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Moral and Preceptive.



A Monody.

Animi natura videtur
Atque animæ claranda meis jam versibus esse
Et metus ille foras præceps Acherontis agendus
Fanditus, humanam qui vitam turbat ab imo,
Omnia suffundas mortis nigrore.


WHEN black-browed Night her dusky mantle

spread, And wrapt in solemn gloom the sable sky; When soothing Sleep her opiate dews had shed,

And seal'd in silken slumbers every eye; My wakeful thoughts admit no balmy rest,

Nor the sweet bliss of soft oblivion share; But wakeful woe distracts my aching breast, · My heart the subject of corroding care : From haunts of men with wandering steps and slow

I solitary steal, and soothe my pensive woe. VOL. I.


Yet no fell passion's rough discordant rage

Untuned the music of my tranquil mind; Ambition's tinsel'd charms could ne'er engage,

No harbour there could sordid avarice find : From lust's foul spring my grief disdains to flow,

No sighs of envy from my bosom break, But soft compassion melts my soul to woe,

And social tears fast trickle down my cheek; Ah me! when nature gives one general groan, Each heart must beat with woe, each voice re

sponsive moan. Where'er I cast my moisten's eyes around,

Or stretch my prospect o'er the distant land, There foul Corruption's tainted steps are found,

And Death, grim-visaged, waves his iron hand. Though now soft Pleasure gild the smiling scene,

And sportive Joy call forth her festive train, Sinking in night each vital form is seen,

Like air-blown bubbles on the watery plain; Fell Death, like brooding harpy, the repast Will snatch with talons foul, or sour its grateful

taste. Ye smiling glories of the youthful year,

That ope your fragrant bosoms to the day, That glad in all the pride of spring appear,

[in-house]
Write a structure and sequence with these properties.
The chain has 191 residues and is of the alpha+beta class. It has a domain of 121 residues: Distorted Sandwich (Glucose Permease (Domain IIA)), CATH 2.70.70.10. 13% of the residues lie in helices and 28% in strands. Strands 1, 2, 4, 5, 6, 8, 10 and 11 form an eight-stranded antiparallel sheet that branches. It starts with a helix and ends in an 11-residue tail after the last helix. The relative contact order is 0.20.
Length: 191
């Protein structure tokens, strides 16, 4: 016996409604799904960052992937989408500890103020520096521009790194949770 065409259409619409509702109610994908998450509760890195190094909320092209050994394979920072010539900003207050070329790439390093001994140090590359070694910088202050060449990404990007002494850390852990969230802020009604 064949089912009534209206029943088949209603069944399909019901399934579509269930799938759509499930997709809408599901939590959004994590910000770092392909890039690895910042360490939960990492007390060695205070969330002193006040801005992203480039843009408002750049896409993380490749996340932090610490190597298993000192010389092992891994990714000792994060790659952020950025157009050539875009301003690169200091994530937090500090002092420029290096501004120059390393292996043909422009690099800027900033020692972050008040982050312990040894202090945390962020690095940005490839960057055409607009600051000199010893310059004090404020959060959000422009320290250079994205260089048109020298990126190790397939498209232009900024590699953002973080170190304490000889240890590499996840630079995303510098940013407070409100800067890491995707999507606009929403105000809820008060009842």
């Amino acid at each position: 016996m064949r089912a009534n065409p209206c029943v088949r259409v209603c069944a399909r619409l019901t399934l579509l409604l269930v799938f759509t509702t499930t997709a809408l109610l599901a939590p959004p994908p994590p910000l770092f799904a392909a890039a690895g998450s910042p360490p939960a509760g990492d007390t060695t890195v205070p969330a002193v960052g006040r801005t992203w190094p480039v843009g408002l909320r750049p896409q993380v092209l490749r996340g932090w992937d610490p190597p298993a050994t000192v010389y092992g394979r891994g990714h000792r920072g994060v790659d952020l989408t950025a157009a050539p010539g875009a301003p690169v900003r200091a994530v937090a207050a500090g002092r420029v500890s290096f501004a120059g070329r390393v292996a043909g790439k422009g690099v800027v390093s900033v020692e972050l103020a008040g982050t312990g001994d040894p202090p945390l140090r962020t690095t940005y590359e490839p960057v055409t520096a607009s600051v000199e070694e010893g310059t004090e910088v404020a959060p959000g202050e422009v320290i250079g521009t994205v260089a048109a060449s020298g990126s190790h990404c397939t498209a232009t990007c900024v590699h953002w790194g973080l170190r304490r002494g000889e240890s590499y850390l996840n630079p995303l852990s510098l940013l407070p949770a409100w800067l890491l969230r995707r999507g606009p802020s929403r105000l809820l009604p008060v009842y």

And steep'd in dews your silken leaves display; In Nature's richest robes though thus bedight,

Though her soft pencil trace your various dye, Though lures your roseate hue the charmed sight, Though odours sweet your nectarous breath supply,

(prey, Soon on your leaves Time's cankerous tooth shall Your dulcet dews exhale, your beauteous bloom


Ye hedgerow elms, beneath whose fragrant shade

The grazing herds defy the rattling shower; Ye lofty oaks, in whose wide arms display'd

The clamorous rook builds high his airy bower; Stripp'd by hoar Winter's rough inclement rage

In mournful heaps your leafy honours lie, Even your hard ribs shall feel the force of age,

And your bare trunks the friendly shade deny; No more by cheerful vegetation green Your sapless bolls shall sink, and quit the’ evanid

scene. Ye feather'd warblers of the vernal year,

That careless sing nor fear the frowns of fate, Tune your sad notes to death and winter drear!

Ill suit these mirthful strains your transient state. No more with cheerful song nor sprightly air

Salute the blushes of the rising day,
With doleful ditties, drooping wings, repair

To the lone covert of the nightly spray; Where love-lorn Philomela strains her throat, Surround the budding thorn, and swell the mourn

ful note.
Come, sighing Elegy, with sweetest airs

Of melting music teach my grief to flow,
I too must mix my sad complaint with theirs,

Our fates are equal, equal be our woe.
Come, Melancholy, spread thy raven wing,

And in thy ebon car, by Fancy led,
To the dark charnel vault thy votary bring,

The murky mansions of the mouldering dead, Where dank dews breathe and taint the sickly

skies, Where in sad loathsome heaps all human glory lies. Wrapp'd in the gloom of uncreated night,

Secure we slept in senseless matter's arms, Nor pain could vex, nor pallid fear affright,

Our quiet fancy felt no dream's alarms. Soon as to life our animated clay

Awakes, and conscious being opes our eyes, Care's fretful family at once dismay,

With ghastly air a thousand phantoms rise, Sad Horror hangs o'er all the deepening gloom, Grief prompts the labour'd sigh, Death opes the

marble tomb. : Yet life's strong love intoxicates the soul, , And thirst of bliss inflames the feverous mind, With eager draughts we drain the poisonous bowl,

And in the dregs the cordial hope to find. O Heaven! for this light end were mortals made,

And placed on earth, with happiness in view, To catch with cheated grasp the flitting shade,

And with vain toil the fancied form pursue, Then give their short lived being to the wind, As the wing'd arrow flies, and leaves no track

behind! Thus, lonely wandering through the nightly shade,

Against the stern decrees of stubborn Fate, To mockful echo my complaints I made,

Of life's short period, or its toilsome state. 'Tis deathlike silence all, no sound I hear,

Save the hoarse raven croaking from the sky, Or scaly beetle murmuring through the air,

Or screech owl screaming with ill omen'd cry; Save when with brazen tongue from yon high tower, The clock, deep-sounding, speaks, and counts the

passing hour.

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